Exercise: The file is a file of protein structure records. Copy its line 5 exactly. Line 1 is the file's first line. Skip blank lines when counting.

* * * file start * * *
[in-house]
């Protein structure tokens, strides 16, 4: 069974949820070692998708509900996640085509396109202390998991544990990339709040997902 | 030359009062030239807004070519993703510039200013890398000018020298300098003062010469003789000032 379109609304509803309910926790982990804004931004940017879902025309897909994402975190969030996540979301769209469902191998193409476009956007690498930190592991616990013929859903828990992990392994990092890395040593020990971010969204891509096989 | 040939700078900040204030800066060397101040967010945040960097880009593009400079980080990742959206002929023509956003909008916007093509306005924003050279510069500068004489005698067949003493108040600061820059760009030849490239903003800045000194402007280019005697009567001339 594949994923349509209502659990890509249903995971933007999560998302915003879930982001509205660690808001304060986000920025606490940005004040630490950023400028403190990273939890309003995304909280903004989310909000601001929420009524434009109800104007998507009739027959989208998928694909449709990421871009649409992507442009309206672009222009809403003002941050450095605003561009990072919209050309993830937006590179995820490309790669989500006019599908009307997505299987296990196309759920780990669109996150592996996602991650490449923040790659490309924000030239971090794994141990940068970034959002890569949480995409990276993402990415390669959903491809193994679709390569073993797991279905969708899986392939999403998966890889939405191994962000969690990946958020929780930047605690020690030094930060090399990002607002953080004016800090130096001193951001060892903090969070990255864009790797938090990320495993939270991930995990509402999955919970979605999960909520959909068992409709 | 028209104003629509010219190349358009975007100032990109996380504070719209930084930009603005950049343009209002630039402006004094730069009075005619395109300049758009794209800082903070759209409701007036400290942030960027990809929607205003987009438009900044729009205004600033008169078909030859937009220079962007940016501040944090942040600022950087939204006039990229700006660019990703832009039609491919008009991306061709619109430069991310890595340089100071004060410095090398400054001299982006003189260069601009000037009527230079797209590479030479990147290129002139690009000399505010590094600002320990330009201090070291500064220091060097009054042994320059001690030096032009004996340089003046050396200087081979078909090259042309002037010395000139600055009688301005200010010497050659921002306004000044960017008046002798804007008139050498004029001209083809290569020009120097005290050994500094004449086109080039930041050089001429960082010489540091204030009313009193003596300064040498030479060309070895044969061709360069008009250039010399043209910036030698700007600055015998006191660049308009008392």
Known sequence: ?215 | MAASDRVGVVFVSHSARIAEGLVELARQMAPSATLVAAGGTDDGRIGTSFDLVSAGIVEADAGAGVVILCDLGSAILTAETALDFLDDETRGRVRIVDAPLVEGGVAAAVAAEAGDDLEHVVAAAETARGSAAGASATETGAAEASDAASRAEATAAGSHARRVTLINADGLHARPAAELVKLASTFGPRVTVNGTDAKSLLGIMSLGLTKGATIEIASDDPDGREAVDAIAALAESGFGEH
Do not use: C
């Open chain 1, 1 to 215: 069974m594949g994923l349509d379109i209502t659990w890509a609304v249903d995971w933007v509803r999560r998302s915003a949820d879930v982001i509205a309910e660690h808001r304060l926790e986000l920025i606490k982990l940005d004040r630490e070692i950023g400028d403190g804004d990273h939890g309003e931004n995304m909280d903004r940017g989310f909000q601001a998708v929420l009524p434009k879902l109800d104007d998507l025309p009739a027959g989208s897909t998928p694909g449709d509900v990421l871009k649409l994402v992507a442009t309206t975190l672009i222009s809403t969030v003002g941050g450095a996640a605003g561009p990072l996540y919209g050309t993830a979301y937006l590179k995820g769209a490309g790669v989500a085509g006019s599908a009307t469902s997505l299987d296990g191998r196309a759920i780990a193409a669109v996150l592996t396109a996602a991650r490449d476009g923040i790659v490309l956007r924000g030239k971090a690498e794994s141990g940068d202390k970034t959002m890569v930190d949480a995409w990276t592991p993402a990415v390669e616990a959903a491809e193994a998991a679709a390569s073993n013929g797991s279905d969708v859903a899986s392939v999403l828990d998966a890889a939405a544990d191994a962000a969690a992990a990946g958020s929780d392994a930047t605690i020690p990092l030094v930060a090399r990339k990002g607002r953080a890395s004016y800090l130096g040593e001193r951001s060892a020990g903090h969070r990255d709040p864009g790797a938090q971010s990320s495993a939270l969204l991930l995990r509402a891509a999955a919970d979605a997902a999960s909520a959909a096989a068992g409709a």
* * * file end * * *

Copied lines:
């Open chain 1, 1 to 215: 069974m594949g994923l349509d379109i209502t659990w890509a609304v249903d995971w933007v509803r999560r998302s915003a949820d879930v982001i509205a309910e660690h808001r304060l926790e986000l920025i606490k982990l940005d004040r630490e070692i950023g400028d403190g804004d990273h939890g309003e931004n995304m909280d903004r940017g989310f909000q601001a998708v929420l009524p434009k879902l109800d104007d998507l025309p009739a027959g989208s897909t998928p694909g449709d509900v990421l871009k649409l994402v992507a442009t309206t975190l672009i222009s809403t969030v003002g941050g450095a996640a605003g561009p990072l996540y919209g050309t993830a979301y937006l590179k995820g769209a490309g790669v989500a085509g006019s599908a009307t469902s997505l299987d296990g191998r196309a759920i780990a193409a669109v996150l592996t396109a996602a991650r490449d476009g923040i790659v490309l956007r924000g030239k971090a690498e794994s141990g940068d202390k970034t959002m890569v930190d949480a995409w990276t592991p993402a990415v390669e616990a959903a491809e193994a998991a679709a390569s073993n013929g797991s279905d969708v859903a899986s392939v999403l828990d998966a890889a939405a544990d191994a962000a969690a992990a990946g958020s929780d392994a930047t605690i020690p990092l030094v930060a090399r990339k990002g607002r953080a890395s004016y800090l130096g040593e001193r951001s060892a020990g903090h969070r990255d709040p864009g790797a938090q971010s990320s495993a939270l969204l991930l995990r509402a891509a999955a919970d979605a997902a999960s909520a959909a096989a068992g409709a």